'* Mary Hanson Roberts wrote and drew a long serial in the Furrlough anthropomorphic comic book, about the descendants of Puss in Boots and their adventures in their world's equivalent of the France of Louis XVI and the French Revolution, called "Here Comes a Candle." )

  • Adam Ant's 1983 single "Puss 'n Boots".
Puss in Boots appears in Shrek movie.

In films

  • Puss in Boots (1922 film), an American animated short directed by Walt Disney
  • Puss in Boots (1934 film), an American animated short directed by Ub Iwerks
  • Puss in Boots (1936 film), a German animated short directed by Lotte Reiniger
  • Puss in Boots (1954 film), an English animated short directed by Lotte Reiniger and Carl Koch
  • Puss in Boots (1969 film), a 1969 Japanese anime feature directed by Kimio Yabuki
  • Puss in Boots (1982 film), an American film directed by John Clark Donahue and John Driver
  • Puss in Boots (1988 film), a 93-minute musical directed by Eugene Marner starring Christopher Walken as "Puss"
  • Puss in Boots (1999 film), an American animated feature directed by Phil Nibbelink
  • Puss in Boots (Shrek), a character introduced in the 2004 movie sequel, Shrek 2
  • The True Story of Puss'n Boots (2009 film), an 80-minute French animation
  • Puss in Boots, an animated feature by DreamWorks Animation

English translation

From The Fairy Book by Miss Mulock

A Miller, dying, divided all his property between his three children. This was a very simple matter, as he had nothing to leave but his mill, his ass, and his cat; so he made no will, and called in no lawyer, who would, probably, have taken a large slice out of these poor possessions. The eldest son took the mill, the second the ass, while the third was obliged to content himself with the cat, at which he grumbled very much. “My brothers,” said he, “by putting their property together, may gain an honest livelihood, but there is nothing left for me except to die of hunger; unless, indeed, I were to kill my cat and eat him, and make a coat out of his skin, which would be very scanty clothing.”

The cat, who heard the young man talking to himself, sat up on his four paws, and looking at him with a grave and wise air, said, “Master, I think you had better not kill me; I shall be much more useful to you alive.”

“How so?” asked his master.

“You have but to give me a sack, and a pair of boots such as gentlemen wear when they go shooting, and you will find you are not so ill off as you suppose.”

Now, though the young miller did not much depend upon the cat’s words, still he thought it rather surprising that a cat should speak at all. And he had before now seen him show so much adroitness and cleverness in catching rats and mice, that it seemed advisable to trust him a little farther, especially as, poor young fellow! he had nobody else to trust.

When the cat got his boots, he drew them on with a grand air, and slinging his sack over his shoulder, and drawing the cords of it round his neck, he marched bravely to a rabbit-warren hard by, with which he was well acquainted. Then, putting some bran and lettuces into his bag, and stretching himself out beside it as if he were dead, he waited till some fine fat young rabbit, ignorant of the wickedness and deceit of the world, should peer into the sack to eat the food that was inside. This happened very shortly, for there are plenty of foolish young rabbits in every warren; and when one of them, who really was a splendid fat fellow, put his head inside, Master Puss drew the cords immediately, and took him and killed him without mercy. Then, very proud of his prey, he marched direct up to the palace, and begged to speak with the king. He was desired to ascend to the apartments of his majesty, where, making a low bow, he said,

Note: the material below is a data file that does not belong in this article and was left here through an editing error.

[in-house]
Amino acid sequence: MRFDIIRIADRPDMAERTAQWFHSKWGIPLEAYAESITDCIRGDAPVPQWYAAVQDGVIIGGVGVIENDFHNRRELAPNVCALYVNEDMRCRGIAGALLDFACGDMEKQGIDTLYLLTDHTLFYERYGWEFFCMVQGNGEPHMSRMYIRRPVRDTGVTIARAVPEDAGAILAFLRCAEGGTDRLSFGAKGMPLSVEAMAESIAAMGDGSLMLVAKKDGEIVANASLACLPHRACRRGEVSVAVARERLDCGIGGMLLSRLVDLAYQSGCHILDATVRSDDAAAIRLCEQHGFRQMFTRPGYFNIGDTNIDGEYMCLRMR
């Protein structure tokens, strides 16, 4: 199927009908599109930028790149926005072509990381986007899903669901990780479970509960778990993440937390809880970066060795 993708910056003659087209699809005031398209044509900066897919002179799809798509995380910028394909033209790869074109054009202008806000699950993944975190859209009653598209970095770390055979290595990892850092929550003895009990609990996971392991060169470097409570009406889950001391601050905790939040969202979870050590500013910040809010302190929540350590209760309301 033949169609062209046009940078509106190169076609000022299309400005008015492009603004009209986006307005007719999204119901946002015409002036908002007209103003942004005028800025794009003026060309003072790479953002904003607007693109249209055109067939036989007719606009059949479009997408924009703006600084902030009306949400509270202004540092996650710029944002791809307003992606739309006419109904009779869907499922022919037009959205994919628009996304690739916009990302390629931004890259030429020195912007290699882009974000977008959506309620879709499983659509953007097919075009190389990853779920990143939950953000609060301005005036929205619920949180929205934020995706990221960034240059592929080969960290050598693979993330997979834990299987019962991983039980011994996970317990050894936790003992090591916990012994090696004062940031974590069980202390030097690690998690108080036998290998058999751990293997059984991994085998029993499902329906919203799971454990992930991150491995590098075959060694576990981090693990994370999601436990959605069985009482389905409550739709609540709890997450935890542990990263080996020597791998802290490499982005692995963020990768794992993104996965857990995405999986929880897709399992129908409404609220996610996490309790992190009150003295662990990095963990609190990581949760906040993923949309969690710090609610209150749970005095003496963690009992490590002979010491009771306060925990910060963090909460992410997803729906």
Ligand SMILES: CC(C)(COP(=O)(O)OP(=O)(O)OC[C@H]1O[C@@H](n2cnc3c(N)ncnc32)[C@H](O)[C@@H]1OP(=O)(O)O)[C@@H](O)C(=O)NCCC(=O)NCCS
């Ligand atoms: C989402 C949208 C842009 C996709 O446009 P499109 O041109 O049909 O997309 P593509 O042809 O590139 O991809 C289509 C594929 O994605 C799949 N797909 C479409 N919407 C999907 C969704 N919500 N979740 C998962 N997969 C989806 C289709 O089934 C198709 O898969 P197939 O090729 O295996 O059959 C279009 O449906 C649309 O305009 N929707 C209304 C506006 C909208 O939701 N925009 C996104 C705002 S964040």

“Sire, here is a magnificent rabbit, killed in the warren which belongs to my lord the Marquis of Carabas, and which he has desired me to offer humbly to your majesty.”

“Tell your master,” replied the king, politely, “that I accept his present, and am very much obliged to him.”

Another time, Puss went and hid himself and his sack in a wheat-field, and there caught two splendid fat partridges in the same manner as he had done the rabbit. When he presented them to the king, with a similar message as before, his majesty was so pleased that he ordered the cat to be taken down into the kitchen and given something to eat and drink; where, while enjoying himself, the faithful animal did not cease to talk in the most cunning way of the large preserves and abundant game which belonged to my lord the Marquis of Carabas.

One day, hearing that the king was intending to take a drive along the river-side with his daughter, the most beautiful princess in the world, Puss said to his master, “Sir, if you would only follow my advice, your fortune is made.”

“Be it so,” said the miller’s son, who was growing very disconsolate, and cared little what he did: “Say your say, cat.”

“It is but little,” replied Puss, looking wise, as cats can. “You have only to go and bathe in the river, at a place which I shall show you, and leave all the rest to me. Only remember that you are no longer yourself, but my lord the Marquis of Carabas.”

“Just so,” said the miller’s son; “it’s all the same to me;” but he did as the cat told him.

While he was bathing, the king and all the court passed by, and were startled to hear loud cries of “Help, help! my lord the Marquis of Carabas is drowning.” The king put his head out of the carriage, and saw nobody but the cat, who had, at different times, brought him so many presents of game; however, he ordered his guards to fly quickly to the succour of my lord the Marquis of Carabas. While they were pulling the unfortunate marquis out of the water, the cat came up, bowing, to the side of the king’s carriage, and told a long and pitiful story about some thieves, who, while his master was bathing, had come and carried away all his clothes, so that it would be impossible for him to appear before his majesty and the illustrious princess.